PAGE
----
Tuesday, August 21, 2012
The New Balance Minimus 1010 is the latest addition to the Minimus line, but it seems like it is more of a (much needed) back-track towards their earlier minimalist offerings--the NB 100 and NB 101 which struck a nice balance between cushioning and feel.
Out of the box the 1010 didn't impress me, which is unfortunate because most of us will never get shoes out the door that don't feel good on the floor of the shop. My main complaint was simply that it didn't seem to fit as well as the other New Balance shoes I have worn, including the 110 and the 101 (which I ran the 2011 Angeles Crest 100 mile in.) Once I got them on the mixed-surface singletrack of Lower Rock Creek canyon however, my worries disappeared as the 1010 was set loose on the terrain it was designed for.
On the trail, the octopus-sucker-meets-cheese-grater Vibram outsole performed well on everything from velvety forest floor to angled-foot-plant rock hopping. The Revlite midsole strikes a good balance between cushion and performance feel--I'd say it is more sensitive in feel (even with the forefoot rock plate) than the Brooks Pure Grit while providing the same level of cushion. The wider toe box (while feeling odd in the store) let my toes splay naturally without feeling loose or imprecise on more technical sections. Running through water crossings didn't leave me sloshing and in general the fit kept gravel intrusion to a minimum--something I couldn't say about the NB 110.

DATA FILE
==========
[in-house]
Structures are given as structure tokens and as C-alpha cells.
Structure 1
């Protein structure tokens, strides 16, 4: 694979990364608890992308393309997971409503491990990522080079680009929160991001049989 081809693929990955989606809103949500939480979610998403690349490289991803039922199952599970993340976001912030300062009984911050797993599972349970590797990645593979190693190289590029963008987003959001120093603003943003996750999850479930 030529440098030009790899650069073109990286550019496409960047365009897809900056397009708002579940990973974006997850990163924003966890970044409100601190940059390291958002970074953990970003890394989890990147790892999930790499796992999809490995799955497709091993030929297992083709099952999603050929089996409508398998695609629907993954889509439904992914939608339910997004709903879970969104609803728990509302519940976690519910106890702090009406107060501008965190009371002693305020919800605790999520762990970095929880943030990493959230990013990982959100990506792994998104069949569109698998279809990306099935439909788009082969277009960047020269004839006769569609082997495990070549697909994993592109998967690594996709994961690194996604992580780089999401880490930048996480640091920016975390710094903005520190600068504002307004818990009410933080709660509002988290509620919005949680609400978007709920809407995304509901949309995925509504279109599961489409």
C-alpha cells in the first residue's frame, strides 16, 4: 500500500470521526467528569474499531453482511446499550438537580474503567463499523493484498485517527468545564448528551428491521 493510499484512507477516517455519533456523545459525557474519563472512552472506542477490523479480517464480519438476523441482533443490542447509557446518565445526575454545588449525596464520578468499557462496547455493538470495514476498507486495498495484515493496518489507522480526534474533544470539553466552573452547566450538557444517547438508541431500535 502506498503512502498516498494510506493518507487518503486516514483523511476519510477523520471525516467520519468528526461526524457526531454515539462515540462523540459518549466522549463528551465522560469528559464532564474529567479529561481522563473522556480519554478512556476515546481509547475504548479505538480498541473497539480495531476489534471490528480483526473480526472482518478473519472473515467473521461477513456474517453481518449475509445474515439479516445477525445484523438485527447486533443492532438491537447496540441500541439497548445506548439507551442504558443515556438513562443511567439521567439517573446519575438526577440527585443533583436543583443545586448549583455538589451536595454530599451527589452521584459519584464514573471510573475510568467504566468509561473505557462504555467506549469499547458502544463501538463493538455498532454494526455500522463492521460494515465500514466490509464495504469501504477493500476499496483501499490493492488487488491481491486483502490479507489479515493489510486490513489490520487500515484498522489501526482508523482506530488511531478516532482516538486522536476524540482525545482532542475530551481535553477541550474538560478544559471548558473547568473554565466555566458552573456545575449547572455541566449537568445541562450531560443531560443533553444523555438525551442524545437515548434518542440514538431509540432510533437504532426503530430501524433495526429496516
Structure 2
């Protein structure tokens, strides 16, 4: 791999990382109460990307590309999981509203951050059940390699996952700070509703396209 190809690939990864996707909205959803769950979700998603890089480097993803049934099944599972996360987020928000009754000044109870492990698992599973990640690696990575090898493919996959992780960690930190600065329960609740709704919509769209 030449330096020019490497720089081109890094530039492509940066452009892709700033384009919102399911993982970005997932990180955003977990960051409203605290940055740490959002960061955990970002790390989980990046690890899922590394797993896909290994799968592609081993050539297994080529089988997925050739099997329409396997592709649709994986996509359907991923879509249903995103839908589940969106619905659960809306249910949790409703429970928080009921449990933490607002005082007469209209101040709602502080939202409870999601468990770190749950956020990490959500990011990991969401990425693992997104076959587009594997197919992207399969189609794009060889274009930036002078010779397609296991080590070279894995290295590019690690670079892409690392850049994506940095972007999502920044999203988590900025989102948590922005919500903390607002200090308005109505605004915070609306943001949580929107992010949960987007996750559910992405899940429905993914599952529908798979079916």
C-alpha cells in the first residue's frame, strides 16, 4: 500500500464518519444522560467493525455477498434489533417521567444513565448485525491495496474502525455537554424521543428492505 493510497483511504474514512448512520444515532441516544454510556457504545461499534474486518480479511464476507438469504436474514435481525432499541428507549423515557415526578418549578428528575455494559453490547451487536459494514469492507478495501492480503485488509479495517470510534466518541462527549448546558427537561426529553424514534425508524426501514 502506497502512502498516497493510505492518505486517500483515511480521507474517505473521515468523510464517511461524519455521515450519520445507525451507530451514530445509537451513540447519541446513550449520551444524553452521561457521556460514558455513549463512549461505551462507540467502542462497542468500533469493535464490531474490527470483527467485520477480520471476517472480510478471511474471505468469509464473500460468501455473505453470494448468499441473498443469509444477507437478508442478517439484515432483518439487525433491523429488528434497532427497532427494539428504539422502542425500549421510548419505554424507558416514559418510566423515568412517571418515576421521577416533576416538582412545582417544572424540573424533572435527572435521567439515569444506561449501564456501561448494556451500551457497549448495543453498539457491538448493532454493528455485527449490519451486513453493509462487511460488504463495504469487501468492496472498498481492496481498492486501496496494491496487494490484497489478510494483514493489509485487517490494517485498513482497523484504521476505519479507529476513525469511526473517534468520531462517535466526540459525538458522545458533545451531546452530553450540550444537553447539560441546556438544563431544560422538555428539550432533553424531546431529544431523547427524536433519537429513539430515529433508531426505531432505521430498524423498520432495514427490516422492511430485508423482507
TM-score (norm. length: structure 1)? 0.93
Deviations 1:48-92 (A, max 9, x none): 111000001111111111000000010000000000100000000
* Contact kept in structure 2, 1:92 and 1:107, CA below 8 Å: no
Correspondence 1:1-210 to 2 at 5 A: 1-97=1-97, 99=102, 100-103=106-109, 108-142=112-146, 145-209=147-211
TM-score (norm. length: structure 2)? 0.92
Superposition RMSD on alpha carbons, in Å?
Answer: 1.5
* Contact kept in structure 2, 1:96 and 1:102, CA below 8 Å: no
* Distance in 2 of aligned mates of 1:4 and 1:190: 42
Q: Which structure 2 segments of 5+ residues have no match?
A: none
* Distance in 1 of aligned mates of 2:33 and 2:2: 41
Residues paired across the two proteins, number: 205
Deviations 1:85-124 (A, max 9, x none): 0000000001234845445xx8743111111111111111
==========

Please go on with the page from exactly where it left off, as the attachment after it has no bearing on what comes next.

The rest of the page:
A solid offering overall for anyone wanting to feel the run and keep their brain engaged with sensory data from their feet.
As with all minimalist heel-to-toe drop shoes (the 1010 is 4mm) you are well advised to start a slow and deliberate transition to having your heel lower than in traditional shoes. Rush it and you'll likely suffer.
Chris Gaggia, Sage To Summit
Wednesday, August 1, 2012
At Sage to Summit, we enjoy all products that get us outside. Check out a video of two babies who are devout Sage to Summit fans discussing the pros/cons of products they are subject to - baby carriers. Here they are evaluating the differences between a Kelty and Deuter backpack. These two kiddos are sure to be retail warriors one day.